One alternative to government bonds that have been extremely popular during these tumultuous times have been municipal bonds. Unlike Treasuries, all the interest you earn from municipal bonds is federally tax free. But the pandemic has made munis trickier to buy than usual because of the toll the virus has taken on state and local finances. So when does it make sense to buy munis today? Let’s take a look at the role munis can play in your portfolio.
When you buy a municipal bond or bond fund, you’re actually lending money to a state or local government to fund its operations or a special project such as a school, road or sewer system. The money to pay that bond back comes from taxes on the citizens or from revenues generated by that project, such as tolls. As an individual investor, you never have to pay federal income taxes on the interest you earn from municipal bonds. If you buy bonds from the state or city where you are a resident, you don’t have to pay taxes on that interest either. That makes those in state bonds either double or triple tax free. The higher your tax bracket, the more tax you avoid by buying munis, so the more sense they make compared to taxable Treasuries or corporate bonds.
High quality long term munis today pay in the 2 to 3 percent range which is much higher than the 1 percent or less being paid by Treasuries. In normal times, the default rate on munis is extremely small, typically about 1% or less, because governments want to maintain good credit ratings so they can issue more bonds. But that security has come into question recently because state and local governments are running such big deficits. The coronavirus shutdown has dramatically reduced sales tax, recreational fee income and other sources of revenue. Meanwhile, expenses have shot up dramatically because of higher unemployment costs, health care costs and overtime. Municipalities have gotten some money from the federal government, but not nearly to enough to bridge the gap. Many cities and towns have responded by laying off police, firemen and teachers. So far, there have not been any municipal defaults because of these financial pressures. But there is no guarantee that defaults won’t rise if this situation continues for a long time.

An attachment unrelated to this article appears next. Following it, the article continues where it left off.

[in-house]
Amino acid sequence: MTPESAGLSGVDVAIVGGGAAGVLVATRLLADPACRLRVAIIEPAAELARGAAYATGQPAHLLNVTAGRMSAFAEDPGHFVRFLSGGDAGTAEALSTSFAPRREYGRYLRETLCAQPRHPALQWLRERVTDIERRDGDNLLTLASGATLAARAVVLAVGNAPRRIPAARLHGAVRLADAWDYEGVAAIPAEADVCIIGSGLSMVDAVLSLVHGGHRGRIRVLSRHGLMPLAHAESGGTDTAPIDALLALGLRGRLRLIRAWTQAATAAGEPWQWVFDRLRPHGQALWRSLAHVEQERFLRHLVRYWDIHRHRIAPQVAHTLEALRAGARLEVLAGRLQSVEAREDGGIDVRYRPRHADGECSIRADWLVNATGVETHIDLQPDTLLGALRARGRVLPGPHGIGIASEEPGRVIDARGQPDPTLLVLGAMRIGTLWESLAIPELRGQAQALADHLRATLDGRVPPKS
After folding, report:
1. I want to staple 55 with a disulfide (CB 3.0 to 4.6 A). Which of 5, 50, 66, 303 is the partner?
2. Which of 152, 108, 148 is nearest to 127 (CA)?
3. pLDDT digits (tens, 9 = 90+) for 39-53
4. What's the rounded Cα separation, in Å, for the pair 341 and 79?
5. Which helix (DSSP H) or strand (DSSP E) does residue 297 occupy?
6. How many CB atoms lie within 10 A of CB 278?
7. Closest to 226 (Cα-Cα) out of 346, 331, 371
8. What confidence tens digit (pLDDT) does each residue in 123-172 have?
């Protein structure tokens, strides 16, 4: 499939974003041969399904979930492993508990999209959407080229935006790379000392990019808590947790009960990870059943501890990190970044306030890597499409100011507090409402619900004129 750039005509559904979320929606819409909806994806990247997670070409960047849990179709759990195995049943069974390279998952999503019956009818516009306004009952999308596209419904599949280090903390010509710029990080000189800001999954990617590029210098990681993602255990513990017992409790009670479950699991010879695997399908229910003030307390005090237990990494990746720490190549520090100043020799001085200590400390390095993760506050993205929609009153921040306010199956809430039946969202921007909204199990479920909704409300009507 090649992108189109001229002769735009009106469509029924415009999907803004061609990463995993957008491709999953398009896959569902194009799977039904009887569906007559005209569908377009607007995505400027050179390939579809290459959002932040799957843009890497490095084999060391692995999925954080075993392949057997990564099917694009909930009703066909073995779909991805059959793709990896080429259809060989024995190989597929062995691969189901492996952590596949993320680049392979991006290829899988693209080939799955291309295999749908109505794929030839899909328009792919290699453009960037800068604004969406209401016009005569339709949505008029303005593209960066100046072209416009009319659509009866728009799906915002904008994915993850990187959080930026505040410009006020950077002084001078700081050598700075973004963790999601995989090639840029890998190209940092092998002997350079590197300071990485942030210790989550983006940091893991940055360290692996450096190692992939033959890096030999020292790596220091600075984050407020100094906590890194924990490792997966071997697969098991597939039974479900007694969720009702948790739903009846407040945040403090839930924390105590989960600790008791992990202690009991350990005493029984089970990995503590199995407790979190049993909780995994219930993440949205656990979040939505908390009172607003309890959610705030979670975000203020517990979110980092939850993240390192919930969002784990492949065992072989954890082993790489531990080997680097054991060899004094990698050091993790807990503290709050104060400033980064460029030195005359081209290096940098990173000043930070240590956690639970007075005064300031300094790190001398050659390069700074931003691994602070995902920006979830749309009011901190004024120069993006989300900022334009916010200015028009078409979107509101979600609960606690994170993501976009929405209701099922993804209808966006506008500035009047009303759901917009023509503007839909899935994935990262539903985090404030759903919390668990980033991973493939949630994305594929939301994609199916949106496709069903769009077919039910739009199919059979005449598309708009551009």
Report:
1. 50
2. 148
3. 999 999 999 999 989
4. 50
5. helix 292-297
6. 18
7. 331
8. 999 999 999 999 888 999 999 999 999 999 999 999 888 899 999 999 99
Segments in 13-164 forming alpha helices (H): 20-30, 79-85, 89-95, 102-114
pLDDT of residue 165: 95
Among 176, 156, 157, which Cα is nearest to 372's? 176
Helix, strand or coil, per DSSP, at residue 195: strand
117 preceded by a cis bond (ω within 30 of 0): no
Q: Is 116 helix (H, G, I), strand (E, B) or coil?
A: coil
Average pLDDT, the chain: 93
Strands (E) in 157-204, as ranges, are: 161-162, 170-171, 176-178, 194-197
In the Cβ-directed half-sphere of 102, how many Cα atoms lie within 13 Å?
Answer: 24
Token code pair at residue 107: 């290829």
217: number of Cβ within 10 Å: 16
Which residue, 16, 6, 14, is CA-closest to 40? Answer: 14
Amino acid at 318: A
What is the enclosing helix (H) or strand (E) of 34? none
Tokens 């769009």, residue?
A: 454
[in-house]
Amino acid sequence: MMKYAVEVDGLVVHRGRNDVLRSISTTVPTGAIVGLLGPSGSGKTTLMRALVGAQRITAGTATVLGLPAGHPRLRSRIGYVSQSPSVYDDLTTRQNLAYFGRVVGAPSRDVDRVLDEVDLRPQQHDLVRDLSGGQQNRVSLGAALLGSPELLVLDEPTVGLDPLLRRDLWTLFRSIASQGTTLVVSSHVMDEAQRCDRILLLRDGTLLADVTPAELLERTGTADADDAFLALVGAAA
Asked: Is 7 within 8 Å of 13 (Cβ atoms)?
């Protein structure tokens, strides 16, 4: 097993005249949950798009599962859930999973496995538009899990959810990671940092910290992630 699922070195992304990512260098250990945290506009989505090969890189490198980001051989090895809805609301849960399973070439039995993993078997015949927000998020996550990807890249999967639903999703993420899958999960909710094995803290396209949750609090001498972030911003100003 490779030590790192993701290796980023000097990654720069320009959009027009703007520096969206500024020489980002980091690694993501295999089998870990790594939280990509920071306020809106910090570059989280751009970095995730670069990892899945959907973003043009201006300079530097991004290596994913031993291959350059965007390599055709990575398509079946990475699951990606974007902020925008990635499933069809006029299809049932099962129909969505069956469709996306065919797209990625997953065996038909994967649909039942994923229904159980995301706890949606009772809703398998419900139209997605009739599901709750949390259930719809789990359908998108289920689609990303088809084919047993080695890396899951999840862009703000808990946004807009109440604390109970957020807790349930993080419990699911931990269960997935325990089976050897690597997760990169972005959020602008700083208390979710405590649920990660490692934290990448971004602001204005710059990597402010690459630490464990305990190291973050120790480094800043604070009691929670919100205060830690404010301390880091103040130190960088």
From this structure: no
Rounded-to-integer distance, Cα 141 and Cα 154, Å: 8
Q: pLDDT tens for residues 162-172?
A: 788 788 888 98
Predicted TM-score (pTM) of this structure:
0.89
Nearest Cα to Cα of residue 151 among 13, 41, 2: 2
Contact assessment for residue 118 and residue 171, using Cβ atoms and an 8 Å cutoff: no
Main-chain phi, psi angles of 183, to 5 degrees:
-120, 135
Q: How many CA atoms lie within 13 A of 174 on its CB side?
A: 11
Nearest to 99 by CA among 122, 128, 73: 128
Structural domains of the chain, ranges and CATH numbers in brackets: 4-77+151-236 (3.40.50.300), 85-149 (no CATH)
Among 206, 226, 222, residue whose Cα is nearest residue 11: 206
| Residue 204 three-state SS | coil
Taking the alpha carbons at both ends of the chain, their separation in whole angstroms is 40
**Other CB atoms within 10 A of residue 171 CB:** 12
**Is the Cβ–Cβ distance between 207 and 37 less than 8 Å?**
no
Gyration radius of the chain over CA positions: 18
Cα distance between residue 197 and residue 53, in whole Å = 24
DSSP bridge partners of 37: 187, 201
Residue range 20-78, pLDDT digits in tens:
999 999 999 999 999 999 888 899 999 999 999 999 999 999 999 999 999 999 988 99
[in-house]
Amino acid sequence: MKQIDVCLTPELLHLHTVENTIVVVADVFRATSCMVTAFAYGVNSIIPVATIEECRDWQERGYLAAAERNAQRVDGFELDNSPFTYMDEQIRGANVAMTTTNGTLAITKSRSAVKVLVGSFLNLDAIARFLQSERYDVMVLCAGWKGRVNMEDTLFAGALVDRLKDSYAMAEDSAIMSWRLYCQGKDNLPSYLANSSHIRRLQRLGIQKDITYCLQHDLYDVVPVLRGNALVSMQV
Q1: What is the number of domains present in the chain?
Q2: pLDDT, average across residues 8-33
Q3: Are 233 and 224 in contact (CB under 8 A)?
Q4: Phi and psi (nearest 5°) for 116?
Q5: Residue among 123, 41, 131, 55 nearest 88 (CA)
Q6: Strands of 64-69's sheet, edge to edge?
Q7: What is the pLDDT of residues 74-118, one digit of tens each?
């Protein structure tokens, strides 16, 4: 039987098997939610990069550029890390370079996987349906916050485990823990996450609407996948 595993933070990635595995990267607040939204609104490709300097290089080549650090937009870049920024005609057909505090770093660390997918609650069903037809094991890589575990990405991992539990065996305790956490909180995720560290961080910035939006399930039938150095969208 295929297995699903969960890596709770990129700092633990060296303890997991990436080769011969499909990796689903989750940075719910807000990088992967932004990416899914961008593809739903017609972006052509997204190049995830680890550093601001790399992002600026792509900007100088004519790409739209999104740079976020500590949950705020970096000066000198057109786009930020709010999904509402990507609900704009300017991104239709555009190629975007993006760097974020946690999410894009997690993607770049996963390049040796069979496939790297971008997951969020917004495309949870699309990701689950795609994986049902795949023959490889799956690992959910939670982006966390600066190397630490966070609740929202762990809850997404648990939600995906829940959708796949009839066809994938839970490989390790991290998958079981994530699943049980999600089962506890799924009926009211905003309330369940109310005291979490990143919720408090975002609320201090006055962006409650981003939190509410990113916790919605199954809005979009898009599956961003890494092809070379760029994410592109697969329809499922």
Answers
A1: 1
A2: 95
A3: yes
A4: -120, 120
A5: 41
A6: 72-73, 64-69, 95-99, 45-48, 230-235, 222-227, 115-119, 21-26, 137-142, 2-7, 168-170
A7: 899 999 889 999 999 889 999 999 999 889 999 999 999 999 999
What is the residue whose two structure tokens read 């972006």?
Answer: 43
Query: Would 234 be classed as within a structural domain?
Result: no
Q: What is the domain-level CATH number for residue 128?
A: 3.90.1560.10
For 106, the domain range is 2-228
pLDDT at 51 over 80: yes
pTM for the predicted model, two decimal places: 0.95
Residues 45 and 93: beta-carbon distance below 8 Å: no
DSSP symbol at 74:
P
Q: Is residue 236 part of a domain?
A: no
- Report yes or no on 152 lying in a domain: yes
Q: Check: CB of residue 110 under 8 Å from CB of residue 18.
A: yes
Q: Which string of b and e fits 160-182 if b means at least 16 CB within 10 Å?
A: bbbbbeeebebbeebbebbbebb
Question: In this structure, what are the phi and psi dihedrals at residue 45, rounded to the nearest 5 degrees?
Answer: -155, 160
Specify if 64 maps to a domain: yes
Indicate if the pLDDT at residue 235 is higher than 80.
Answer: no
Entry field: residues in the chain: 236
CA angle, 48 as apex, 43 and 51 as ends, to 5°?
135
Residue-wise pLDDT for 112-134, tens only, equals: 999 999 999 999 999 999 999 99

There is one simple solution if you still want to invest in muni bonds for that tax free income. That’s to buy bonds or bond funds that are insured against default. There are two major muni insurers–Assured Guaranty and Build America Mutual. They guarantee that you will get all interest and principal as due even if the underlying issuer does not pay it. You can buy an individual municipal bond that says in its name insured by AG or BAM, typically for a minimum of $25,000. For a list of some of the bigger insured muni bonds, look up the components of the Merrill Lynch Insured National Municipal Bond Portfolio. An easier way to buy a basket of insured bonds is through a mutual fund or exchange traded fund. For example, the IQ MacKay Shields Municipal Insured ETF, symbol MMIN, currently pays a yield of about 2.8% tax free. So now may be a good time to earn some significant tax free income from municipals. But if you’d like the belt and suspenders approach, it might make sense to try some insured bonds or bond funds so you don’t have to worry about defaults.